Senior shows impeccable timing in stepping to front of Jays' stage


On Johns Hopkins' Paul Rabil

May 14, 2008|By MIKE PRESTON

There is a theory that Johns Hopkins senior midfielder Paul Rabil is a slow starter, and that he warms up with the weather. When it gets hot in May, so the theory goes, Rabil also gets hot.

Hopkins coach Dave Pietramala shakes his head in disbelief, and Rabil just laughs.

It's not the weather, but more a change in style of play. Every season for four years, Rabil has had to make adjustments because his role changes.

It's been no different this season.

"As a freshman, he was just trying to fit in, and then as a sophomore, he was trying to get more involved in the offense, even though we had Kyle Harrison and Matt Rewkowski," Pietramala said. "Last year, he was truly the guy, but he became a distributor, getting those Gretzky-type of second assists.

"This year, we've asked him to become one of our leaders," Pietramala said. "He has had to demand that guys work harder. He had to become more vocal. He also had to learn how to make others great around him while playing on the field."

The transition is complete, and Rabil is on a roll again. He had four goals Sunday in the Blue Jays' 10-4, opening-round NCAA tournament win over Hofstra.

During the Blue Jays' current six-game winning streak, Rabil has scored 13 goals and had four assists. More importantly, he has gotten everyone involved in the offense.

What took so long?

Rabil struggled at the beginning of the season. He tried to force things and held the ball too long.

Pietramala has a theory. Rabil played in a summer league against defenses that had very little discipline, and even fewer slides. Rabil might have brought that playground game to Hopkins.

Pietramala also said he was playing Rabil too much. Rabil was on the wing on faceoffs, played on the extra-man offense and sometimes also stayed on the defensive end.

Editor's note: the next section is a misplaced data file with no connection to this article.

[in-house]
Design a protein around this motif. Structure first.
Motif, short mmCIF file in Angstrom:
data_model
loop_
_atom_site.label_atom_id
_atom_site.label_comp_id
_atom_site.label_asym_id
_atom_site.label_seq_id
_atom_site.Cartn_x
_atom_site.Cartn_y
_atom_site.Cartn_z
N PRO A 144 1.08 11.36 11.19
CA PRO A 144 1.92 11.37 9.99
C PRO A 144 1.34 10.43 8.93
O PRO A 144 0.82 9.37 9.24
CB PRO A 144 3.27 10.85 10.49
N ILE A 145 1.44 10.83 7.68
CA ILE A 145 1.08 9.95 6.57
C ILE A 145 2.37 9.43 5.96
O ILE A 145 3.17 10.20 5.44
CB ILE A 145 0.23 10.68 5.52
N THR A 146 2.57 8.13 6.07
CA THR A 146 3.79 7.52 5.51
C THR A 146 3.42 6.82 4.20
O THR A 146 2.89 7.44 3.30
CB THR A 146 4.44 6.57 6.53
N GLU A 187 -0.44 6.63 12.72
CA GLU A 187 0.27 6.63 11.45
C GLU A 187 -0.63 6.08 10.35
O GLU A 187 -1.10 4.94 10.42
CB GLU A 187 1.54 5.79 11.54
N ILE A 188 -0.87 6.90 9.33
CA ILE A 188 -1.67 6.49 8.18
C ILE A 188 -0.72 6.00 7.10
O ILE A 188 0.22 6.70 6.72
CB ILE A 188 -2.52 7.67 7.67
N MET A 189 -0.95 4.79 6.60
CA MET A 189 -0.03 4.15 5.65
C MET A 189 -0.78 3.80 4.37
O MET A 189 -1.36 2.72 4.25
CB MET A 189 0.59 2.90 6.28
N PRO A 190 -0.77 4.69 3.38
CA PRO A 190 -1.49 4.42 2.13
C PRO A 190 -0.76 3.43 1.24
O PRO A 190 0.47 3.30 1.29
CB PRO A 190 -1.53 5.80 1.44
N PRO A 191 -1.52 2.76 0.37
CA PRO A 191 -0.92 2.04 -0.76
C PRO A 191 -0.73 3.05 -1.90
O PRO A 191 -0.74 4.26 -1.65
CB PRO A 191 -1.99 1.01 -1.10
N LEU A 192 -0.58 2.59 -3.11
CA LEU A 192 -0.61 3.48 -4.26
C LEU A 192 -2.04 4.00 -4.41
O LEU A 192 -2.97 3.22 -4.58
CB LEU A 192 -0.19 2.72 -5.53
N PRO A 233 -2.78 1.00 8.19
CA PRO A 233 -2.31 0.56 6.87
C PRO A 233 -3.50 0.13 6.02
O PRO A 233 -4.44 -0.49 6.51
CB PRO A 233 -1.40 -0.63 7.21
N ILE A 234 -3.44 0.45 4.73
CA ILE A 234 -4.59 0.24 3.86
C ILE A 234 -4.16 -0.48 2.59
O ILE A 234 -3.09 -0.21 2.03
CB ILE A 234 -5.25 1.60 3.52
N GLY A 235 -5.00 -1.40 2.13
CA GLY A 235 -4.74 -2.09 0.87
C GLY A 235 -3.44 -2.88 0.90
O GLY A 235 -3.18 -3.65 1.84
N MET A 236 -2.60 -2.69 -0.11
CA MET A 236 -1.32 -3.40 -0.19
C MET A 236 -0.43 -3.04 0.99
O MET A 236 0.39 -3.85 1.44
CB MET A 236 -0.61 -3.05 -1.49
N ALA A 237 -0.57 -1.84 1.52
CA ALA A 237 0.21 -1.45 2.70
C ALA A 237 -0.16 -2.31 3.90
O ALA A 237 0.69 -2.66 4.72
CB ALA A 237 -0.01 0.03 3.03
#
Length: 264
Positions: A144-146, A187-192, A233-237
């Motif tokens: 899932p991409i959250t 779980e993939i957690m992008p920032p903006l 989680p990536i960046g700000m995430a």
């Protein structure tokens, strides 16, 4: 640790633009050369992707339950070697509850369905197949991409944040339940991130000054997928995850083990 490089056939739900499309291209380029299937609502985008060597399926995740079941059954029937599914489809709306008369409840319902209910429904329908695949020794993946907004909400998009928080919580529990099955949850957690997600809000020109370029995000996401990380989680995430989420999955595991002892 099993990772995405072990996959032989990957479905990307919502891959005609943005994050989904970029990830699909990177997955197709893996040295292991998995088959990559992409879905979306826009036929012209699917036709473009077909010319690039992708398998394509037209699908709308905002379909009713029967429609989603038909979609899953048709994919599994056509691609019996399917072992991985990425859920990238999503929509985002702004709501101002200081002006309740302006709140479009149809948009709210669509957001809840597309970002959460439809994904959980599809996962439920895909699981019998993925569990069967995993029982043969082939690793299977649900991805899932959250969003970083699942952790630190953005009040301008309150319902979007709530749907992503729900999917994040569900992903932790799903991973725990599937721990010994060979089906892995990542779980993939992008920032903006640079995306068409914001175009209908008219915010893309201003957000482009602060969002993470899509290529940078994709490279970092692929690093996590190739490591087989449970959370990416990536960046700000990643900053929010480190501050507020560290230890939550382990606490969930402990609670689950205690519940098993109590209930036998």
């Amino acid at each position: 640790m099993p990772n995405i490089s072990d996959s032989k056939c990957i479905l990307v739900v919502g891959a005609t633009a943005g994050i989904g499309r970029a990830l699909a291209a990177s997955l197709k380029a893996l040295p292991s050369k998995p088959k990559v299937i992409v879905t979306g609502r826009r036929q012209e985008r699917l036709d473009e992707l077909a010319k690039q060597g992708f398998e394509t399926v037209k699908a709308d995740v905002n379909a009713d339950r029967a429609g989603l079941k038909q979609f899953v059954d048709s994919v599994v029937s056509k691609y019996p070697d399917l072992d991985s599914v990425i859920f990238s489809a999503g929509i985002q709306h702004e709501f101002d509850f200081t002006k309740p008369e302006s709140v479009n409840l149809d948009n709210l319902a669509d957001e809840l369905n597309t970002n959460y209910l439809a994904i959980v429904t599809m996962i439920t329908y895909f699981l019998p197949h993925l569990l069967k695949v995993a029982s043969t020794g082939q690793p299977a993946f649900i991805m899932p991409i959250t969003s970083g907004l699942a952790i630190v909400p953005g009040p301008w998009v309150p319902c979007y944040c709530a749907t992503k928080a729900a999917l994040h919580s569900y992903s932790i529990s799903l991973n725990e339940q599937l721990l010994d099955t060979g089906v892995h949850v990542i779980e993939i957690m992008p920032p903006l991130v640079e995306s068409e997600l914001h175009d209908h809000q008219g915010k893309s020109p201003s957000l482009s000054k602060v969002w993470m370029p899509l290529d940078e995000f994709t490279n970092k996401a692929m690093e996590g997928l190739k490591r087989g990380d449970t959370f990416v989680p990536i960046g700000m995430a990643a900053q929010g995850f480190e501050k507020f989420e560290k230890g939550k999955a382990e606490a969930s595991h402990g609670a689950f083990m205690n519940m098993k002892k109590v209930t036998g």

"You always want your best players on the field, but we were overusing him," Pietramala said. "We just started getting him more rest. Paul is not selfish, has great vision and now recognizes that he makes everybody around him better.

"And at the end of the game, you still want the ball in his stick when the game is on the line," he said.

Rabil leads the Blue Jays with 26 goals and 11 assists. It's very intimidating to opposing teams when Hopkins hands the ball over to a 6-foot-3, 225-pound midfielder in crunch time.

But great players make great plays in big games, and there aren't many better than Rabil. In the 32 games played throughout his career before April 10, Rabil has scored 51 goals and 25 assists for a 2.38-point average.

In 29 games played since April 10, he has 50 goals and 39 assists for a 3.07-point average. In 11 career playoff games, Rabil has scored 18 goals and had 20 assists, an average of 3.45 points.

"I wished I knew what was taking me so long to [adapt] so I could have changed it," Rabil said. "But you grow into your role as the season progresses, and my role has changed over the last two to three years.

"We play the toughest schedule in the country, and next thing you know, we're facing must-win games near the end of the season, and then it's time for everybody to step up."

Almost every team has tried a new way to stop Rabil. Some teams press him to start his runs near midfield. Other teams have played half-zone, half-man defenses against him. Some have tried to deny him the ball, which takes enormous energy from a defender.

Hofstra shut out Rabil earlier this season by using a short-pole midfielder against him, and the Pride had the audacity to try it again Sunday.

Poor Pride.

"I can't fault the strategy because it worked for them before, and it was successful," Pietramala said. "But Paul took it personally this time. It was like getting short-sticked and you're an attackman."

When he is on, Rabil is unstoppable. He can simply outrun you and downright maul you on his way to the goal. He has a great right-handed shot, but the one from the left is more deadly.

"Three things make Paul Rabil great," Pietramala said. "He wants to be great, that's a goal of his; he doesn't want to be average or adequate. The second thing is that he is willing to work at being great; here's a guy who does extra shooting every day, or puts in more time in the weight room than anyone. And third, he is one of the most competitive players I've ever coached.

"One of the people he admires most is Michael Jordan," Pietramala said, "and when you watch him play, it's easy to understand why."

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